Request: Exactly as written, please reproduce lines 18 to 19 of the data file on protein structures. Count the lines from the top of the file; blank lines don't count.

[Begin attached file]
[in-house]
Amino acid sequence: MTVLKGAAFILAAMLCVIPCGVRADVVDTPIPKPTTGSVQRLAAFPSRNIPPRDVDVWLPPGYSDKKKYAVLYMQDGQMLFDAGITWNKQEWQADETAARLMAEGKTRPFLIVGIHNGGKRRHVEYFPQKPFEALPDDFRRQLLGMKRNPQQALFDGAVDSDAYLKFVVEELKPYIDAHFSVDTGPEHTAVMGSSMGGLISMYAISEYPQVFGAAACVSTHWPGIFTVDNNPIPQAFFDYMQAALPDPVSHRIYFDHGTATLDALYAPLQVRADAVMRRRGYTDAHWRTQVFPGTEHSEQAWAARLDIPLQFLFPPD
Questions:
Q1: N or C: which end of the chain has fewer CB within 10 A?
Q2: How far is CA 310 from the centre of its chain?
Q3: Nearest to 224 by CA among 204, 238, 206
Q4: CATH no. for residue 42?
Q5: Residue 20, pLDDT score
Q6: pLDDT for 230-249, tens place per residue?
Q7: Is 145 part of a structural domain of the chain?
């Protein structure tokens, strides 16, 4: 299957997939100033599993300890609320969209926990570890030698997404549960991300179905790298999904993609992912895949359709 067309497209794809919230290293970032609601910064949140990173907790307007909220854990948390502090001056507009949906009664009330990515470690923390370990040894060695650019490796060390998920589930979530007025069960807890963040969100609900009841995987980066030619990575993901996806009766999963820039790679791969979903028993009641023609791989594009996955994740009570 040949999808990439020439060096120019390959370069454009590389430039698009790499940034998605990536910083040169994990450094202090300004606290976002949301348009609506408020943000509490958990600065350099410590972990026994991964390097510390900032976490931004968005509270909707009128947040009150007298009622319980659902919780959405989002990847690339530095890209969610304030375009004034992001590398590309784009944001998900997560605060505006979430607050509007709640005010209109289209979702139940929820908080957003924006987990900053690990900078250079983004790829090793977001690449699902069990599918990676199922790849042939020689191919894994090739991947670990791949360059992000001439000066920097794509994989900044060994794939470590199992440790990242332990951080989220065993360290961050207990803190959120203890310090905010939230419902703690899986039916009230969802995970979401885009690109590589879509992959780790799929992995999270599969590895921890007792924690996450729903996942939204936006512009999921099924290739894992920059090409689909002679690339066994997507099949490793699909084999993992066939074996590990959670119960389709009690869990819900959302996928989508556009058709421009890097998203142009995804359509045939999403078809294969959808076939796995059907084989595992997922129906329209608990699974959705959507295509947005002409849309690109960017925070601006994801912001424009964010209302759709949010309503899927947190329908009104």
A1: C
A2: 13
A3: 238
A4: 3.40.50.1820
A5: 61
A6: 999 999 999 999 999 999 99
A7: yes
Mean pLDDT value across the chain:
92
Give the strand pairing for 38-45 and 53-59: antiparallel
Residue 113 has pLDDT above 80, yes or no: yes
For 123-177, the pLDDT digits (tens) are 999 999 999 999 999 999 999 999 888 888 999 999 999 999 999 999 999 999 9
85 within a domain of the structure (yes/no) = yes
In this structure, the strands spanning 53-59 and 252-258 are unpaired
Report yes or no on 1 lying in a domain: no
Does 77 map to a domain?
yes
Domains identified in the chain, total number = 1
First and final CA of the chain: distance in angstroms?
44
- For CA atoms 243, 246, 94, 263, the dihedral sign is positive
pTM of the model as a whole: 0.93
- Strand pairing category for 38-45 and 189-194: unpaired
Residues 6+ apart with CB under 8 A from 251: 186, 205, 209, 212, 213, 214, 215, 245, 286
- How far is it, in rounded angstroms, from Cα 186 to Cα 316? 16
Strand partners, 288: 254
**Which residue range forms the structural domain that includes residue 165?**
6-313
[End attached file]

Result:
A7: yes
Mean pLDDT value across the chain: